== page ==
Civil War Profiles — Divulging military intelligence is rewarded


The Confederate prisoner population at Fort Delaware more than doubled following the three days of battle at Gettysburg beginning July 1, 1863. An estimated 6,000 Rebel soldiers captured on those bloody fields were processed at POW “depots” near Gettysburg, and interrogated for useful tactical information about Gen. Robert E. Lee’s Army of Northern Virginia before traveling by foot, trains and boats to Pea Patch Island in the middle of the Delaware River.


In charge of the on-the-battlefield interrogation process was Col. George H. Sharpe’s Bureau of Military Information, the intelligence staff of Maj. Gen. George G. Meade’s Army of the Potomac. Sharpe used enticements to encourage Rebel prisoners to divulge important data about the units in which they served, including their strength, location and tactics.

Sharpe, a practicing lawyer prior to the war, employed the terminology of his profession in noting that cooperative prisoners could receive “speedy liberation, upon their making full discovery of their knowledge of the enemy.” Included was an ability to return to their homes if located in territory under Union army control.

When word of these incentives reached Confederate prisoners already in confinement, Sharpe received letters requesting consideration of their cases. The BMI’s chief’s experience was that, once examined, “their stories were true, and their disclosures honestly given.”

Sharpe’s interrogation methodology ensured an ability to determine “the good faith” of those prisoners who decided not to return to the Rebel army. A number of these cooperative prisoners joined the Union military and thus were derogatorily termed “galvanized Yankees” by former comrades.

A reflection of the prisoner incentive process is seen in creation of “citizen barracks” at Fort Delaware. Research on this subject is ongoing by R. Hugh Simmons, editor of “Fort Delaware Notes,” a publication of the Fort Delaware Society.

Separate housing kept these turncoat prisoners away from retaliation by loyal Confederates reacting to their treasonous behavior. These POWs apparently received better rations and clothing than those in the regular prison.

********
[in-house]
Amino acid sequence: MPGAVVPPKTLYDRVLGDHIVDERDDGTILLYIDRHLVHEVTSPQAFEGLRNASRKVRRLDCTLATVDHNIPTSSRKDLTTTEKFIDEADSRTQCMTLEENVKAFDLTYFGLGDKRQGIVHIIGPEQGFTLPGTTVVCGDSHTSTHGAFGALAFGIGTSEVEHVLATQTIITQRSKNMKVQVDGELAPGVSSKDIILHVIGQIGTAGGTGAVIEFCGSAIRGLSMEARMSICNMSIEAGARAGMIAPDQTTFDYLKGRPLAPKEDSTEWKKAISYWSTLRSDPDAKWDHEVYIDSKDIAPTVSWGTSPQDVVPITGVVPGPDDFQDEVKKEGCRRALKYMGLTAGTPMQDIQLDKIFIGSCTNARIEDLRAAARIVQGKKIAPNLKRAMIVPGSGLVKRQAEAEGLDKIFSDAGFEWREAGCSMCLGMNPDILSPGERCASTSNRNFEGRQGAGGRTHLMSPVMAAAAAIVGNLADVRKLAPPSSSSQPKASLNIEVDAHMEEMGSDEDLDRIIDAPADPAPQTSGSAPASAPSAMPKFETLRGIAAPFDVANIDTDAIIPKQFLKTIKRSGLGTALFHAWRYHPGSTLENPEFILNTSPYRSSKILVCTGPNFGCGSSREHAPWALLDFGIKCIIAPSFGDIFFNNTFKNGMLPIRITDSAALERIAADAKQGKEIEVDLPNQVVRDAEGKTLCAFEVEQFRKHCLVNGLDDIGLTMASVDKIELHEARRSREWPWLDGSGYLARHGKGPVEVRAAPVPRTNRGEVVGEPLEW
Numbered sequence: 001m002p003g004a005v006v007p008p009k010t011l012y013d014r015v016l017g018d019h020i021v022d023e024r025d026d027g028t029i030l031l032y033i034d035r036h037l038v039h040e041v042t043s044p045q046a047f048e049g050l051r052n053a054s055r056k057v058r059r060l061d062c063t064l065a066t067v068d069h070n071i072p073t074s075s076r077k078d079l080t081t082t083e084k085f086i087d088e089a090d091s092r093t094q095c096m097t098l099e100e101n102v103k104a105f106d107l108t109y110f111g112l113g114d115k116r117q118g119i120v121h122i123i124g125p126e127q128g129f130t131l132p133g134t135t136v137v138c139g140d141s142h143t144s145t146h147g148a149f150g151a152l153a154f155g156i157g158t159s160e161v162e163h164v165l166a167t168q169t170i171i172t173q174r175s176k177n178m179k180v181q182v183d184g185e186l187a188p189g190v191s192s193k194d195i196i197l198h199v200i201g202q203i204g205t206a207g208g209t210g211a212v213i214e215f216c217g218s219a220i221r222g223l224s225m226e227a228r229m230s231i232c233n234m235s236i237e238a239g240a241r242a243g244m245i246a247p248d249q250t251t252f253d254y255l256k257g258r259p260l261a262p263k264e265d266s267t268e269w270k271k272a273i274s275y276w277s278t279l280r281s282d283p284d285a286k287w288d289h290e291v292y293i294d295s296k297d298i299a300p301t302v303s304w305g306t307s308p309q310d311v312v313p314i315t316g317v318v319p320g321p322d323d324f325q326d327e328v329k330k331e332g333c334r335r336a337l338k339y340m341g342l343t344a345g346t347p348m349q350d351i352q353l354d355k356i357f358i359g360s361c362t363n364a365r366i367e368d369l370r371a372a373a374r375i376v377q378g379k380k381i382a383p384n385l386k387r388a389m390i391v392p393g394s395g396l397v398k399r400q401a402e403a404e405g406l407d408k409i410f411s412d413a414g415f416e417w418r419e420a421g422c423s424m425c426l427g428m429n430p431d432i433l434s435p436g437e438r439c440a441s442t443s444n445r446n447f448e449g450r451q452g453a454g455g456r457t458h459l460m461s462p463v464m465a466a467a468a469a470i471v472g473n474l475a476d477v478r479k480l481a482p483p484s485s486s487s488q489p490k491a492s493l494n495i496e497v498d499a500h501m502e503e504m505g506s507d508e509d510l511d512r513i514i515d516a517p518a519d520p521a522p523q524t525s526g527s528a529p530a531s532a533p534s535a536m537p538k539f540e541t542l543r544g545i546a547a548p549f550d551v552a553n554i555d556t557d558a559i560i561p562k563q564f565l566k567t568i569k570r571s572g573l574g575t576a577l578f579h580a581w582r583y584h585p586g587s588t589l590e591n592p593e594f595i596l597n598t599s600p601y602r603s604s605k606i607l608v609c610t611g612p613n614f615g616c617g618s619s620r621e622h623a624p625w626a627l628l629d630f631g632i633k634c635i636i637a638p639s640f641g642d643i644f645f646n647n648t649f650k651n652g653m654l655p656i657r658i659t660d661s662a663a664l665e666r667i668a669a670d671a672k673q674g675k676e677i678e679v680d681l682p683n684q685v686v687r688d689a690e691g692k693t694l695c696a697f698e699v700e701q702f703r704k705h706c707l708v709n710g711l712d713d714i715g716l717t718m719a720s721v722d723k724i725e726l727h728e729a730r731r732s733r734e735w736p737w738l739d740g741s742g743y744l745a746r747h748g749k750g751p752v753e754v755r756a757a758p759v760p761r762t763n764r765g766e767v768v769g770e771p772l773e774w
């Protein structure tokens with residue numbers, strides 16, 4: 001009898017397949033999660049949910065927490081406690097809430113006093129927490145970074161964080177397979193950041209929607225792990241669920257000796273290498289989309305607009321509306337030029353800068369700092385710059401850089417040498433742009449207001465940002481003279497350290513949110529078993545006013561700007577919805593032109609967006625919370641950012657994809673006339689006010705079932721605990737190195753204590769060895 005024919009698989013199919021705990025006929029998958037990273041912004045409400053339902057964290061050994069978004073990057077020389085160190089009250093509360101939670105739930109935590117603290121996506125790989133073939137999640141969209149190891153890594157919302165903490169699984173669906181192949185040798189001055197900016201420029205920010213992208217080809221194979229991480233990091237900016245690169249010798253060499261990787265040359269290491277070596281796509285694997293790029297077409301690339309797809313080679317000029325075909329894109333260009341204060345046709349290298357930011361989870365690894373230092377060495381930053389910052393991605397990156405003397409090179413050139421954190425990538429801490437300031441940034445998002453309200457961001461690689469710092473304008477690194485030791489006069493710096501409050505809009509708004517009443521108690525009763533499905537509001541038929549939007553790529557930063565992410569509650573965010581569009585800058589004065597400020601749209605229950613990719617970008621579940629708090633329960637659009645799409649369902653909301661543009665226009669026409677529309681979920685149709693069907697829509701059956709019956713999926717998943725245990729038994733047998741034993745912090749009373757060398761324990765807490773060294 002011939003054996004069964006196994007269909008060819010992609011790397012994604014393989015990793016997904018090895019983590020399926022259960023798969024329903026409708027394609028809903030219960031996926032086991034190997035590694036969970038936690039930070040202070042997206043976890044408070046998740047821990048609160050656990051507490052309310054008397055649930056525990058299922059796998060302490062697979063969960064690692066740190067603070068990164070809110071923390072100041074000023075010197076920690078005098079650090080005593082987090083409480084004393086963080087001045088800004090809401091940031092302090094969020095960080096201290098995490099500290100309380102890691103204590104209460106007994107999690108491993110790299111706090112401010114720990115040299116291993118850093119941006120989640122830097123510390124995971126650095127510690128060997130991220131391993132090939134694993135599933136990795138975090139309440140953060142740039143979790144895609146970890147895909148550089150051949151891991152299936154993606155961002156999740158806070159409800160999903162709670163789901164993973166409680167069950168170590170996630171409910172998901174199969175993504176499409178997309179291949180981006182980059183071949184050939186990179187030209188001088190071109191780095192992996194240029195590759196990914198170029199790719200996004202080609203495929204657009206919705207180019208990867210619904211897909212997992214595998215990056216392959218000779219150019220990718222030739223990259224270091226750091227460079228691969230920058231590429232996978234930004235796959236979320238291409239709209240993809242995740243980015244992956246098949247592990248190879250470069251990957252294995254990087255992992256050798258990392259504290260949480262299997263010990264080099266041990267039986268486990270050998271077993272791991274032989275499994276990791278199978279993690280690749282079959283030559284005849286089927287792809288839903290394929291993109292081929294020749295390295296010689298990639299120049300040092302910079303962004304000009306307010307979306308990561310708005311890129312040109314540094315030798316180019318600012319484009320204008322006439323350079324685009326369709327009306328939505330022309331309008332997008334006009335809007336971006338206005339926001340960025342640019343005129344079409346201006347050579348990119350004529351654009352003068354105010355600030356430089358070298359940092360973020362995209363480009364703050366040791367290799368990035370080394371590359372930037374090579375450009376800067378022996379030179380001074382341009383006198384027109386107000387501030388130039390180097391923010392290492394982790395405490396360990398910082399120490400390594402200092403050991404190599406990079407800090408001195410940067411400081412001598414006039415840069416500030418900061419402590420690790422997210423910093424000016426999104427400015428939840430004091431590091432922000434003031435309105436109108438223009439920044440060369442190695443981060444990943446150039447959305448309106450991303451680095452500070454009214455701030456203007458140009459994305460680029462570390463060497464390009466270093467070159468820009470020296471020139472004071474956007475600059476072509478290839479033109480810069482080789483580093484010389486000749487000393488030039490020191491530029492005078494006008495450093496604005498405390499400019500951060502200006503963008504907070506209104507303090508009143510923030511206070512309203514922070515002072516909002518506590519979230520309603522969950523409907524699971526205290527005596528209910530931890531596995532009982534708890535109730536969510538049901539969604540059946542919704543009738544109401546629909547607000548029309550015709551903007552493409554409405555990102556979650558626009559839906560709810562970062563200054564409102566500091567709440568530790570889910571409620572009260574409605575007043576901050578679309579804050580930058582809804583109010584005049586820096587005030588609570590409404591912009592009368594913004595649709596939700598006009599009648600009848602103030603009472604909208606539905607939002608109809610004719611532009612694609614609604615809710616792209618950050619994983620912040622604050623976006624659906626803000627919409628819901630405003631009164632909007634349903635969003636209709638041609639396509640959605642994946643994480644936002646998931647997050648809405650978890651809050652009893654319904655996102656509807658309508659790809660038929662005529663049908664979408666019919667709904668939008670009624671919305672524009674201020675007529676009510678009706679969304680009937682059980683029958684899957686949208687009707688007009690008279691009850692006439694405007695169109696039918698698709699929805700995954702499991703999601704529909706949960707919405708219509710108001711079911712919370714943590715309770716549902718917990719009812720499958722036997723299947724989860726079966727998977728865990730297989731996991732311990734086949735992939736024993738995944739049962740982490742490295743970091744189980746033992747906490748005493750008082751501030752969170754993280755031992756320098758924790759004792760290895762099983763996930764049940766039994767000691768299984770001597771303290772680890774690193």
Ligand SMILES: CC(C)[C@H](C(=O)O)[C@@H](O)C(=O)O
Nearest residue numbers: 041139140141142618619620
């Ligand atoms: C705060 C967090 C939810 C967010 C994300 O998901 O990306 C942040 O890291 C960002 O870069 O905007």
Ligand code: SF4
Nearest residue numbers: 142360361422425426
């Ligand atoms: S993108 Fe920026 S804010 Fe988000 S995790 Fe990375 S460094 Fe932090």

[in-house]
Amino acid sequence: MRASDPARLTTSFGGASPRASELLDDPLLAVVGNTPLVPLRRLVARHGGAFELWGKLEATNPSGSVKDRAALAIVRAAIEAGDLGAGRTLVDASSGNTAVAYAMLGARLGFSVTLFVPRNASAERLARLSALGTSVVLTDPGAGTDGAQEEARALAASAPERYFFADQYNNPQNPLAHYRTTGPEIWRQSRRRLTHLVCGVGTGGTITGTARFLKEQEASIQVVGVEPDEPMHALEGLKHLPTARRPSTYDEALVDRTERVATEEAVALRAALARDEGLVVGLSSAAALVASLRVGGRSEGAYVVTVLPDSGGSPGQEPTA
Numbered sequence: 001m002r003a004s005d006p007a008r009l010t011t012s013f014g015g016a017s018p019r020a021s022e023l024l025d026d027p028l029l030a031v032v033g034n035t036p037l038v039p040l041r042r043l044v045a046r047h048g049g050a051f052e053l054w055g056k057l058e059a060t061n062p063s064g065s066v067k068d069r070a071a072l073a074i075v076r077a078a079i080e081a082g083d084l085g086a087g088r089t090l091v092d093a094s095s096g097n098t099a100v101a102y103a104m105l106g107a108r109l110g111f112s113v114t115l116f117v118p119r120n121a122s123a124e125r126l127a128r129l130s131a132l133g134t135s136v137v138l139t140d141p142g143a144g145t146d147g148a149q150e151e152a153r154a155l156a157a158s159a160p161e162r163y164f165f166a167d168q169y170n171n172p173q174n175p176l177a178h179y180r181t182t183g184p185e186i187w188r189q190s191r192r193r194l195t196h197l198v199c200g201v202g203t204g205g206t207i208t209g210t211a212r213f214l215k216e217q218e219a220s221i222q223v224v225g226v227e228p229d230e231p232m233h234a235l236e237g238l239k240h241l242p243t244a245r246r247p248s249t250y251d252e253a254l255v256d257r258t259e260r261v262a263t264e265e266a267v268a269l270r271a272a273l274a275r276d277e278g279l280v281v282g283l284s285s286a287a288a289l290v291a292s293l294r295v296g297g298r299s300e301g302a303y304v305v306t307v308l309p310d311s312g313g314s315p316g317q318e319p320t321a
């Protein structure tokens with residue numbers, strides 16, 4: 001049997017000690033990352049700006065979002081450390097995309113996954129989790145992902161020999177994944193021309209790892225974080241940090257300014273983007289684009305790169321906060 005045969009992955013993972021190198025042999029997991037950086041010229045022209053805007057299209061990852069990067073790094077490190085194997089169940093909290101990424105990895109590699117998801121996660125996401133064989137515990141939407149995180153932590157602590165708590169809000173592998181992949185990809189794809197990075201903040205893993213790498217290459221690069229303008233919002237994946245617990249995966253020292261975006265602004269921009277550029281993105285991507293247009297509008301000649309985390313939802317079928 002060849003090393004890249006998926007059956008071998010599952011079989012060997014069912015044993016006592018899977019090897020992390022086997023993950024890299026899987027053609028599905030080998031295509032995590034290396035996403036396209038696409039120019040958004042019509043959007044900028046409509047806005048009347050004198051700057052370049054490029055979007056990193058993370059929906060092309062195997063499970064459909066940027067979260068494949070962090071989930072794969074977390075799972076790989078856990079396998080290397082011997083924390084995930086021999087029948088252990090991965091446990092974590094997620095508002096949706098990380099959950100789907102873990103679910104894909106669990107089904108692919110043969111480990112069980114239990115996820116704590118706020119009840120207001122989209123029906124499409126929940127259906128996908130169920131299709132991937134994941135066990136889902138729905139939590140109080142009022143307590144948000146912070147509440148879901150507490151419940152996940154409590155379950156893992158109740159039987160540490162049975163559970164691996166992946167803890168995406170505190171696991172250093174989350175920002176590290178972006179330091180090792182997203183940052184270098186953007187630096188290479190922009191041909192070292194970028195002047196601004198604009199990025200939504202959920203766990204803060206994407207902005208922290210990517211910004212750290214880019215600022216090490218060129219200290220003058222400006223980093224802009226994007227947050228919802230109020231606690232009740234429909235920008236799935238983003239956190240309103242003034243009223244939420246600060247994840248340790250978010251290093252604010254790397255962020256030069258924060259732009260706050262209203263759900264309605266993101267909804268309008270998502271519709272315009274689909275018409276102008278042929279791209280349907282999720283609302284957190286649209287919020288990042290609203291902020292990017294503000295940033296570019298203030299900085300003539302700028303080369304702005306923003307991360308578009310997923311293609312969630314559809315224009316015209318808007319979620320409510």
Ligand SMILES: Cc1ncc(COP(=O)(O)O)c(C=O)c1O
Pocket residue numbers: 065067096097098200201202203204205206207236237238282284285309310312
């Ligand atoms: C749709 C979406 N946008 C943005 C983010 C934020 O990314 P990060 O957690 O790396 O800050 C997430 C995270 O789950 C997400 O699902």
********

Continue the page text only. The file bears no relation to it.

“Citizen barracks” came into existence by the fall of 1863, following the battle at Gettysburg. They may have been located in a four-building complex on Pea Patch Island used for Union officers and enlisted men who served as additional prison guards.

An estimated 200 to 300 prisoners inhabited these special barracks at Fort Delaware. They were grouped into squads under a sergeant selected from among their own.

One was George Washington Newell, conscripted into the Confederate army in 1862 as a member of the 53rd North Carolina Regiment. He was captured at Gettysburg and confined at Fort Delaware.

According to Roger A. Bullard, writing in the February 2009 “Fort Delaware Notes,” Newell sought assistance from the U.S. Christian Commission to enter the Christian ministry to “devote myself to the service of God and my fellow men.”

Newell was an anti-secession Southerner forced into Confederate military service against his will and was ripe for expressing a desire to take the oath of allegiance to the U.S. In the process, he may well have disclosed useful military information to officials considering his case.

Whether Rebel prisoners were interrogated in the field or upon decision to seek restoration of citizenship, the benefit from an intelligence perspective was considerable. On Dec 12, 1863, Sharpe wrote to Brig. Gen. John Henry Martindale, military governor of Washington, D.C., and explained:

“We are entirely familiar with the organization of the Rebel forces in Virginia and North Carolina, with each regiment, brigade and division … and in their officers and locations. These and many other data … will throw light upon the credit to be given professions [i.e., disclosures] by considering the truth of the general story told by the prisoners or deserters, the circumstances of their capture, the locations in which their commands were raised, [and] corroborative statements of other prisoners from the same command.”

The quid pro quo for divulging such useful data of a military nature was often better treatment; and, in selected cases, release from bondage for those prisoners motivated to participate in the process.

Tom Ryan is the author of the multiple award-winning “Spies, Scouts & Secrets in the Gettysburg Campaign.” Signed copies are available at Bethany Beach Books and Browseabout Books in Rehoboth. His latest book, with co-author Rick Schaus, “Eleven Fateful Days in July 1863: Meade Tracks Lee’s Escape after Gettysburg,” is due out in 2018. Contact him at pennmardel@mchsi.com or through his website at www.tomryan-civilwar.com.